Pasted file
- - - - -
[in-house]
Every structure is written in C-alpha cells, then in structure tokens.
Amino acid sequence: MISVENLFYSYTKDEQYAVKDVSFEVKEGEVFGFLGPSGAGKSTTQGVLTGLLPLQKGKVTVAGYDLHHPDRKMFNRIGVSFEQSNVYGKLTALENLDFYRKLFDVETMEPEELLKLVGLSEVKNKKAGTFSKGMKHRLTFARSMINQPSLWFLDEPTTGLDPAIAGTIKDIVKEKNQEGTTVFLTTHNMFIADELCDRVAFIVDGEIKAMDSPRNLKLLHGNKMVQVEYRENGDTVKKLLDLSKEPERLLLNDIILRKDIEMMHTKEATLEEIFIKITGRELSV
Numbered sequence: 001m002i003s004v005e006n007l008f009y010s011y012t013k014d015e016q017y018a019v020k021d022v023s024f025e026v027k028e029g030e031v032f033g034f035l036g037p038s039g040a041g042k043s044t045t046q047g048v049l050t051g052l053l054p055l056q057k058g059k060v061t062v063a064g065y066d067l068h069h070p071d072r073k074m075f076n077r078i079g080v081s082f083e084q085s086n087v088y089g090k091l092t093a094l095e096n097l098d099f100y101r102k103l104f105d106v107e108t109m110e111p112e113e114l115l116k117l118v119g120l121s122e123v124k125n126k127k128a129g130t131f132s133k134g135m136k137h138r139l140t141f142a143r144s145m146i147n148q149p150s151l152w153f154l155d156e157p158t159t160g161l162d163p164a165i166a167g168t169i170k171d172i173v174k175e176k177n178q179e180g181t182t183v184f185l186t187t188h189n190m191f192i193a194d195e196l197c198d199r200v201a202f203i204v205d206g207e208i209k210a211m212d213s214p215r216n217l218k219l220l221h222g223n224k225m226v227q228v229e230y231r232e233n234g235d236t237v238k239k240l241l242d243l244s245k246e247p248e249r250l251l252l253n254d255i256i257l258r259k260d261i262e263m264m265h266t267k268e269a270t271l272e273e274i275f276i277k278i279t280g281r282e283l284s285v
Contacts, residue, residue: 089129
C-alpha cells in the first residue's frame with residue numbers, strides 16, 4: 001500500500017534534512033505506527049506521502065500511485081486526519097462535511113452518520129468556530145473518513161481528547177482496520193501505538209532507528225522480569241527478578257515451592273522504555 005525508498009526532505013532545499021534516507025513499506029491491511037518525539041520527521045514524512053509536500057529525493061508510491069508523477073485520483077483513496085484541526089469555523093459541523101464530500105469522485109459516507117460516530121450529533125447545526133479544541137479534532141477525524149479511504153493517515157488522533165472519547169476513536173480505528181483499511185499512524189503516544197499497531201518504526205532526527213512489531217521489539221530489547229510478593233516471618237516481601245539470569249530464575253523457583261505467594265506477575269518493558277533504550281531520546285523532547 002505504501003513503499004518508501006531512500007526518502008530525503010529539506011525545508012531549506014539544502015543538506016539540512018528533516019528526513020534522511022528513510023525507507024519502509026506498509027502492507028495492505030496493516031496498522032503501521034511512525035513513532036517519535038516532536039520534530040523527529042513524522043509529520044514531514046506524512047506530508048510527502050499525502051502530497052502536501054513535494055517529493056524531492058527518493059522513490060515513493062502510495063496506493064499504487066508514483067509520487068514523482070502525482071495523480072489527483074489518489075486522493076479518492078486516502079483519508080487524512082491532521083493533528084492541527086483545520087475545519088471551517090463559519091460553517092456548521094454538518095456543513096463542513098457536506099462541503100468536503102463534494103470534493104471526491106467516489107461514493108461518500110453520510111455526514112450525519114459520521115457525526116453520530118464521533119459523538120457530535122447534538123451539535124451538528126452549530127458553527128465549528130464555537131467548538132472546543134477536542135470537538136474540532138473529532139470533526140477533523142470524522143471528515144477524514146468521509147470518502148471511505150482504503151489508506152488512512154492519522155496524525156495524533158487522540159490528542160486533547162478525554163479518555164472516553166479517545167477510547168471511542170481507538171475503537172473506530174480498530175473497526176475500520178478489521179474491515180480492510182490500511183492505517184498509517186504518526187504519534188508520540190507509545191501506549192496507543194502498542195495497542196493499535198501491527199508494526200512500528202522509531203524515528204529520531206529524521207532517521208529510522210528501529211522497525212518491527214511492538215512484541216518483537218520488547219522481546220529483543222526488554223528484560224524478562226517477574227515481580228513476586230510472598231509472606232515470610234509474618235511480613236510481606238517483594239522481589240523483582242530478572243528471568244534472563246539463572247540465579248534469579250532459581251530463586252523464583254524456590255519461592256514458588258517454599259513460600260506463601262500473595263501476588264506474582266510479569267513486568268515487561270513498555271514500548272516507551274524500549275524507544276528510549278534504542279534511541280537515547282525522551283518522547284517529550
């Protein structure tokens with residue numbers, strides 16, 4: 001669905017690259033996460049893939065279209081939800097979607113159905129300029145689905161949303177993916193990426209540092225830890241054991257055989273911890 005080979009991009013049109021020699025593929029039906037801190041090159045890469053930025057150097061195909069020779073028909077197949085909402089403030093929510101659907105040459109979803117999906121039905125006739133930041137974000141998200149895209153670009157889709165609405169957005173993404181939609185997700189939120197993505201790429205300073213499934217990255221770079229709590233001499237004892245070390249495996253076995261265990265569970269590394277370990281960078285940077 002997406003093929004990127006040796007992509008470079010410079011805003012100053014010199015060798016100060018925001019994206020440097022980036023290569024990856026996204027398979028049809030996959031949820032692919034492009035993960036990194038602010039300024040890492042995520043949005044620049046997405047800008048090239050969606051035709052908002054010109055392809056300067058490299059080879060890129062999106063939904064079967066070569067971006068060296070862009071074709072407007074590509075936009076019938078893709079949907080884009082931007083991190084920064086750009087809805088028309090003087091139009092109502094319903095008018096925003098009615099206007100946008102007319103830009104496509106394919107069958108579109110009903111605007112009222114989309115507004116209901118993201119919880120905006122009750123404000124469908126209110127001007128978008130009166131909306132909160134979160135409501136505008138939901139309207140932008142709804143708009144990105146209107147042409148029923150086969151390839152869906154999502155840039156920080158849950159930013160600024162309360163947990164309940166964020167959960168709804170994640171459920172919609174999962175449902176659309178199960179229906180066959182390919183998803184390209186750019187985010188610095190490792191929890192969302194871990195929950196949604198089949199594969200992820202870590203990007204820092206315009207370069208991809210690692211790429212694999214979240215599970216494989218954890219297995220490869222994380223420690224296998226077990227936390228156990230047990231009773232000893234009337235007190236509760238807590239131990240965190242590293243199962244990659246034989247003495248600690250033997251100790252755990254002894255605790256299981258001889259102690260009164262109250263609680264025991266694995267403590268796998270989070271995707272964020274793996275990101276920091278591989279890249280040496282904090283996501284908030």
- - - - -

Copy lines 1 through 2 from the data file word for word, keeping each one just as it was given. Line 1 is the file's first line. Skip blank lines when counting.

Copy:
[in-house]
Every structure is written in C-alpha cells, then in structure tokens.